Some, however, are willing to give the couple the benefit of the doubt -- if they just shut up.

"If I were Tom and Katie, the first thing I would do is relax and stop trying to tell everyone how in love you are," said Noah St. John, a relationship and productivity expert from Boston.

"When you're really in love, you're at peace," said his partner and fellow expert on relationships, Denise Berard. "You don't have to jump around."

Keeping it quiet

You also shouldn't have to devour each other's lips in public & agrave; la David Guest and Liza Minnelli or Michael Jackson and Lisa Marie Presley, two highly publicized matches made and broken in PR heaven.

"We love to build people up and tear them down," St. John said. "It's an American pastime, unfortunately."

St. John and Berard agree that the best way to keep a relationship, whether there are celebrities involved or not, is to not share the intimate details. That would probably mean nixing the reality show route taken by singers Jessica Simpson and Nick Lachey, who can now be seen gracing tabloid covers every week.

Berard explains that even talking to a best friend can cause problems.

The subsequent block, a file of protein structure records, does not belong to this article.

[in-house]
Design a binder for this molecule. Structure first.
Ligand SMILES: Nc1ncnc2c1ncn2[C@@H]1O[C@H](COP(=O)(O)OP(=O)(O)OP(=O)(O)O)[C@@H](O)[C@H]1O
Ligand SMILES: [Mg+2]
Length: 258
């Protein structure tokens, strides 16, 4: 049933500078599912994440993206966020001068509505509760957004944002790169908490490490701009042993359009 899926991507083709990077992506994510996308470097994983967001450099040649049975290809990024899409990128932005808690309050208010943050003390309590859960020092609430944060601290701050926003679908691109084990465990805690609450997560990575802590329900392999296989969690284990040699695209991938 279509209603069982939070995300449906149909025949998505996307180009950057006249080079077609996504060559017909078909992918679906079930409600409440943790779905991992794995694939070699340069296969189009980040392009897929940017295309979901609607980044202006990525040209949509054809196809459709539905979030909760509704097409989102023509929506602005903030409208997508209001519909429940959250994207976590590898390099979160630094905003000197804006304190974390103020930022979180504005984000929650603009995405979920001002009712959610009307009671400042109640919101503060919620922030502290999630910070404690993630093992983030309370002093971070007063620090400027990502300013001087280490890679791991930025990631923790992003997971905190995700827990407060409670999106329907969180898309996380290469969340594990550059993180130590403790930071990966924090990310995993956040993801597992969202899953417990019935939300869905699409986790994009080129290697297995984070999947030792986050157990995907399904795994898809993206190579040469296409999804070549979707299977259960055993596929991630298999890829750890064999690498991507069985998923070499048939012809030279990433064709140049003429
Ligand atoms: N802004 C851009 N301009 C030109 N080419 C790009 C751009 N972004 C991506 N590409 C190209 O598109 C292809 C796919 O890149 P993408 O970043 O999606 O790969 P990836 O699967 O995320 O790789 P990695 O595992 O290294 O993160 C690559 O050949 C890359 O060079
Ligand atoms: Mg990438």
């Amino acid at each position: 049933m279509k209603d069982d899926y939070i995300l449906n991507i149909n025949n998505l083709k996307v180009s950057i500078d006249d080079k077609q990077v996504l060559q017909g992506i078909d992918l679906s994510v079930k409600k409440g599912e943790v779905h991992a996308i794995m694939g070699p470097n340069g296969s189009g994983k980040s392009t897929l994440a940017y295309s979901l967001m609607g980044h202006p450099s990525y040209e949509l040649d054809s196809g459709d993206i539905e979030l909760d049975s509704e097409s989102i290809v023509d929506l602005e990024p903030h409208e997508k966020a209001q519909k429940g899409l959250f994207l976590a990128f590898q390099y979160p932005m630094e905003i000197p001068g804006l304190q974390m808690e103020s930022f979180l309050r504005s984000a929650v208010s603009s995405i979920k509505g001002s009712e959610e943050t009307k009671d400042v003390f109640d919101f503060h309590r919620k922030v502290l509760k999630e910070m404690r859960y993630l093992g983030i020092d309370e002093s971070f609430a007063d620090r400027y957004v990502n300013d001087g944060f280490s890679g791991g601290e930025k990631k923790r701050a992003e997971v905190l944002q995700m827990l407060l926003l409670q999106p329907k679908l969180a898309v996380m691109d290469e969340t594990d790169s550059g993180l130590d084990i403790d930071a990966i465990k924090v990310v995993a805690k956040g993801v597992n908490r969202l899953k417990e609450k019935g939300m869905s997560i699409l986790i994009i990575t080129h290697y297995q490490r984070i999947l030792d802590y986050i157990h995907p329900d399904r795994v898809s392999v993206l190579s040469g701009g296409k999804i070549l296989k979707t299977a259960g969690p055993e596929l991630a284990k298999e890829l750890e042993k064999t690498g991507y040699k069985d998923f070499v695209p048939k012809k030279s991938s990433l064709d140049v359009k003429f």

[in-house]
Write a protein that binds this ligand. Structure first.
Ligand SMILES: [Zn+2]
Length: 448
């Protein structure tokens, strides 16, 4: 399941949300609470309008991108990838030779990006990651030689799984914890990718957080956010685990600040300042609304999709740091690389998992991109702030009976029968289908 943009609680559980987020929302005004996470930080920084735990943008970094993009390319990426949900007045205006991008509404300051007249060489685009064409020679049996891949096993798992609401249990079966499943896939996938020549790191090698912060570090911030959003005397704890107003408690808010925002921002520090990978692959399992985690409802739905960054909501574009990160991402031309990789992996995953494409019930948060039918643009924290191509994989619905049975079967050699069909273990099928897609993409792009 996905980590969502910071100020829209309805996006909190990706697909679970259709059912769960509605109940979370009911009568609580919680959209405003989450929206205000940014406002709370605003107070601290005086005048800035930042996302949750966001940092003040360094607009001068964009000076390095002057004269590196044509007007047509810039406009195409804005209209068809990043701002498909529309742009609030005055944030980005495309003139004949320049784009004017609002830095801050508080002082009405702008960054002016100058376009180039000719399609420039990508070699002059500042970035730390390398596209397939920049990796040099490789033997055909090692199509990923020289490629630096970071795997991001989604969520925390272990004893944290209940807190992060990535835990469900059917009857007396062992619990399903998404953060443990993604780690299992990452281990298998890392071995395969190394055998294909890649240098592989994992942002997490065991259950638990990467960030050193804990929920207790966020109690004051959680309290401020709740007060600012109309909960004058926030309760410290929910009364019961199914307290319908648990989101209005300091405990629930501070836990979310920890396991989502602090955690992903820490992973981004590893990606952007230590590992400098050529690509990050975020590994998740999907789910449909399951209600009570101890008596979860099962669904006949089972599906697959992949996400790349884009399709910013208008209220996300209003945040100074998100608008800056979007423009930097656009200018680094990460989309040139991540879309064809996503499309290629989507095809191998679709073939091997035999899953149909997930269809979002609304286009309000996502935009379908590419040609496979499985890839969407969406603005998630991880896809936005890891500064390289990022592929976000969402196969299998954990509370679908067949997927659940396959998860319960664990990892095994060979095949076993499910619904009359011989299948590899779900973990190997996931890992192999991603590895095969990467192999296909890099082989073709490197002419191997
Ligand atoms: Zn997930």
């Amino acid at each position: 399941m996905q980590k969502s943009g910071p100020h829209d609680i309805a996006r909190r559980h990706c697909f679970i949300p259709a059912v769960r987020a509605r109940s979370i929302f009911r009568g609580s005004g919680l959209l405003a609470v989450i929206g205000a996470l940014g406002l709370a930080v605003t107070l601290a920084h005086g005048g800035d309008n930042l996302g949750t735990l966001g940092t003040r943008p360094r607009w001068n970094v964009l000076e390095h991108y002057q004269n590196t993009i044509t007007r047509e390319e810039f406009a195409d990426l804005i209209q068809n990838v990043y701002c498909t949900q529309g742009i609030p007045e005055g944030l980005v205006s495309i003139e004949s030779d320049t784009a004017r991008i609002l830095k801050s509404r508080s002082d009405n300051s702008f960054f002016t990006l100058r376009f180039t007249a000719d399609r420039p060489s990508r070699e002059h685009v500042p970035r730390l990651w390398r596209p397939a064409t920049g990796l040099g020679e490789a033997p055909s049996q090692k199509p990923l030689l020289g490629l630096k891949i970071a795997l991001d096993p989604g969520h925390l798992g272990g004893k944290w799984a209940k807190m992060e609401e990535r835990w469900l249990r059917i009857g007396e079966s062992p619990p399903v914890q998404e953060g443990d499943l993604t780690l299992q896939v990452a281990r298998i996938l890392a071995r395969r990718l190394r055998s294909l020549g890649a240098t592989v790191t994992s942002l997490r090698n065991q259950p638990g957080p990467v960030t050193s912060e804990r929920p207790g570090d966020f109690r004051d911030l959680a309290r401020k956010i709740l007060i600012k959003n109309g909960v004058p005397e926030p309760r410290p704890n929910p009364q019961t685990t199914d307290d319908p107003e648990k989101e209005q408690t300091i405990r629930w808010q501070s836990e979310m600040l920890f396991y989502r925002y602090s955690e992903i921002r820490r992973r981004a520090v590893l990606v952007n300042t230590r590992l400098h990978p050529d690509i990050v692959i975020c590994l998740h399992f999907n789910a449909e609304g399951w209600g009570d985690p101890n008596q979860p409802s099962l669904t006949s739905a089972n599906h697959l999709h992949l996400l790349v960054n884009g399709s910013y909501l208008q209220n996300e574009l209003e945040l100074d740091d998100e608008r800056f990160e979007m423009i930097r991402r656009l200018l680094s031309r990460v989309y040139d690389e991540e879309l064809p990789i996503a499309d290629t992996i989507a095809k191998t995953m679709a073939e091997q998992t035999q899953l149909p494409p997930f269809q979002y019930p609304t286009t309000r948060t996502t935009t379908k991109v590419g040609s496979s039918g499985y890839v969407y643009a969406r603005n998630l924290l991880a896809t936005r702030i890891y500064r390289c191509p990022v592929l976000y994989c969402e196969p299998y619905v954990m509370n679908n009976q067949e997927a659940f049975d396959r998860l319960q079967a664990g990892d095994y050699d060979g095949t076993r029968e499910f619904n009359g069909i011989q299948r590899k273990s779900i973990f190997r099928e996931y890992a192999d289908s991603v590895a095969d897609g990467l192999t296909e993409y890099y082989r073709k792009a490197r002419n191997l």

"Your best friend's allegiance is to you," she said. "She's there to look out for your best interest."

While one partner may forgive and forget a mistake by the other, the friend does not.

"It's even worse in a public situation, when it's not just your best friend, it's everybody that's waiting to remind you [of a partner's mistake]," Berard said.

No one to turn to

Also, it's much harder to find someone to confide in if you're well known. Someone who comes into a celebrity's life on the set or in the studio may seem trustworthy but many times is not.

"A lot of people are just looking for an in to get their 15 minutes of glory," Berard said.

Take, for example, former talk show host Kathie Lee Gifford, who often gushed about husband Frank Gifford in public.

A tabloid magazine secretly set up the former football player/sportscaster with a woman not his wife. The woman was paid to talk about the liaison in detail, and the tryst was tabloid fodder for months.

Although they remained married, both Giffords suffered the humiliation of having a very rocky period played out in the public eye, more than likely because of having their good times so much in the spotlight.